I think all parents must try to get the balance right an take the middle path because being too strict or too intrusive can have a negative impact on adolescents and it’s something I’m sure no parent wants for their child.

    Sometimes I think the reason parents behave that way is because they have a pre existing problem or notion in their mind and that manifests itself toward the adolescent children. That is not healthy whatsoever, for the child or the parent.

  • larissa

    larissa

    November 22nd, 2012 at 2:57 PM

    there’s never going to be a ‘perfect parent’ or a ‘perfect adolescent’. what’s needed in fact is flexibility and a little bit of empathy from both the sides.kids grow up and change along the way.but parents need to change too.they cannot apply the same rules to a ten year old and a sixteen year old.and the kids also need to realize that parents only want to assure their safety and betterment.this little understanding can go a long way in helping some prospective bumps along the way to a healthy parent-child relationship.

  • Finn

    Finn

    November 22nd, 2012 at 6:30 PM

    Adolescent are neither little kids to monitor every little activity of their nor are they adults to let them independently handle situations. They are on a middle ground between the two stages and hence I believe that is the way parents should set the rules and handle things when it comes to adolescents – follow a middle ground, somewhere between complete monitoring and complete independence.

    It does not take a genius to figure out too much of nose poking into adolescents will have them fuming. And as responsible parents we should maintain that fine line. i think that is the essence of what they call being friends with your adolescent children.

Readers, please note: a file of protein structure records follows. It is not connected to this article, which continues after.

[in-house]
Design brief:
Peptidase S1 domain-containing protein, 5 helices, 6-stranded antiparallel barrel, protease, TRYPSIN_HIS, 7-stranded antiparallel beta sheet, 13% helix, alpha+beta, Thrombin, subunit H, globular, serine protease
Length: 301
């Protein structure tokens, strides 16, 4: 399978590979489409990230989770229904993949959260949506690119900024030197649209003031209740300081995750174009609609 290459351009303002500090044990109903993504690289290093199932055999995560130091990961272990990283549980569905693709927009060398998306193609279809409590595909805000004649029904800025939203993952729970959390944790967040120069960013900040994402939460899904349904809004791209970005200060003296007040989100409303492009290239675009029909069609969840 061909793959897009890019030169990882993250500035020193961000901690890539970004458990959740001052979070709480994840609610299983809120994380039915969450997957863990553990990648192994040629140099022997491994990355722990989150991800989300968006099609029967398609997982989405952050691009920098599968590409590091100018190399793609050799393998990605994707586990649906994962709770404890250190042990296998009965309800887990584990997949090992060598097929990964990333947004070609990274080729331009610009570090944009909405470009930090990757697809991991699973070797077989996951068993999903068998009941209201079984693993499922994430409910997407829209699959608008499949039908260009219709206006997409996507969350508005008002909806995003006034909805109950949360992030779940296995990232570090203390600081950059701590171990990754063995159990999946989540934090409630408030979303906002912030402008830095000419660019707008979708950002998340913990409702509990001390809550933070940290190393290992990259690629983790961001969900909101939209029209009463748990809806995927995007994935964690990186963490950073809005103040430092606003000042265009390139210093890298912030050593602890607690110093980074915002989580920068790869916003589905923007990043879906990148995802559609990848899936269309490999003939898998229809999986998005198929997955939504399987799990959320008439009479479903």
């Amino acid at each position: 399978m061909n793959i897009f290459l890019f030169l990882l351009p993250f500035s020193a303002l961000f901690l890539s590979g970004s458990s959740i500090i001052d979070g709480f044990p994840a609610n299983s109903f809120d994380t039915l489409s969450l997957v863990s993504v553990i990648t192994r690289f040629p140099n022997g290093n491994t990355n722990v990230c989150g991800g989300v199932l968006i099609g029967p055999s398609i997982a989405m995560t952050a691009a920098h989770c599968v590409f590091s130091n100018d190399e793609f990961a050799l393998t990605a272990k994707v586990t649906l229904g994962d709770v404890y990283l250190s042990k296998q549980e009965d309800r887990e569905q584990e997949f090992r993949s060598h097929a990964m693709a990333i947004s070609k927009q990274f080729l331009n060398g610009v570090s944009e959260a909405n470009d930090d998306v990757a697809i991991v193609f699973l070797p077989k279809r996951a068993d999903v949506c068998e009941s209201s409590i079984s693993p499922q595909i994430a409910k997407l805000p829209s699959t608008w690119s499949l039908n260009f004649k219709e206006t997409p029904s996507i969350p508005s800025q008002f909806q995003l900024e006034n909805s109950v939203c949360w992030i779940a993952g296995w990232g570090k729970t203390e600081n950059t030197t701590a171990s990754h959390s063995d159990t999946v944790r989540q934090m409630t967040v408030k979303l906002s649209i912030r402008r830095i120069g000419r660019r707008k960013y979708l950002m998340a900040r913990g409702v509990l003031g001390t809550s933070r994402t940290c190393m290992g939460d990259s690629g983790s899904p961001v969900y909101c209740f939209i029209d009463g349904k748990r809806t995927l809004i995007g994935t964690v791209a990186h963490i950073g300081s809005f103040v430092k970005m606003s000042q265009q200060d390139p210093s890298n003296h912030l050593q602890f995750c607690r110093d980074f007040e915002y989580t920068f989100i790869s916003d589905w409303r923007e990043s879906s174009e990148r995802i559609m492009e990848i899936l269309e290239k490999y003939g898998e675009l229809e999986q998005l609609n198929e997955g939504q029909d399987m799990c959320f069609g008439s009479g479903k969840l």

• Andi

    Andi

    November 23rd, 2012 at 9:08 AM

    It’s so hard to know exactly how tightly to walk that line! I want to be friends with my daughters but I don’t want to be that nosy mom either. And I know that no matter what I say they are bound to do the opposite. Argh- who knew it would be this hard?!?

  • dalton gentry

    dalton gentry

    November 25th, 2012 at 5:11 AM

    I try really hard to only give advice overtly when it is specifically reqested.
    Now I might try to sneak some things in every now and then without them being aware that’s what I am doing, but I will only frame it as advice when it is solicited.
    So far that has worked pretty well for us.

  • Maureen

    Maureen

    November 28th, 2012 at 8:04 PM

    Being the mother to a 13y/o boy, I am constantly aware of how delicate and vital the conversations we have with adolescents are. I have always encouraged open conversations and my son. He is definately setting some boundaries which I believe is healthy. He wants to keep love interests private…but continues to ask question and give info to me about the culture of junior high. He is not afraid to discuss drugs, tries to get specics about my past which I tend to steer the conversation towards balance, using common sense, why maturity is important with sex and drugs…and we get into the risks vs desire kids have to try out/use substances, plus love relationships/sex. Poulins study provides valuable insight aroud how parents guide/listen…. teens are smart enough to know the difference between being respected and trusted vs. controlled. Natural consequences are part of growing up. To keep the conversation open, listening and exploring perspectives, rather than judging and advising seems key.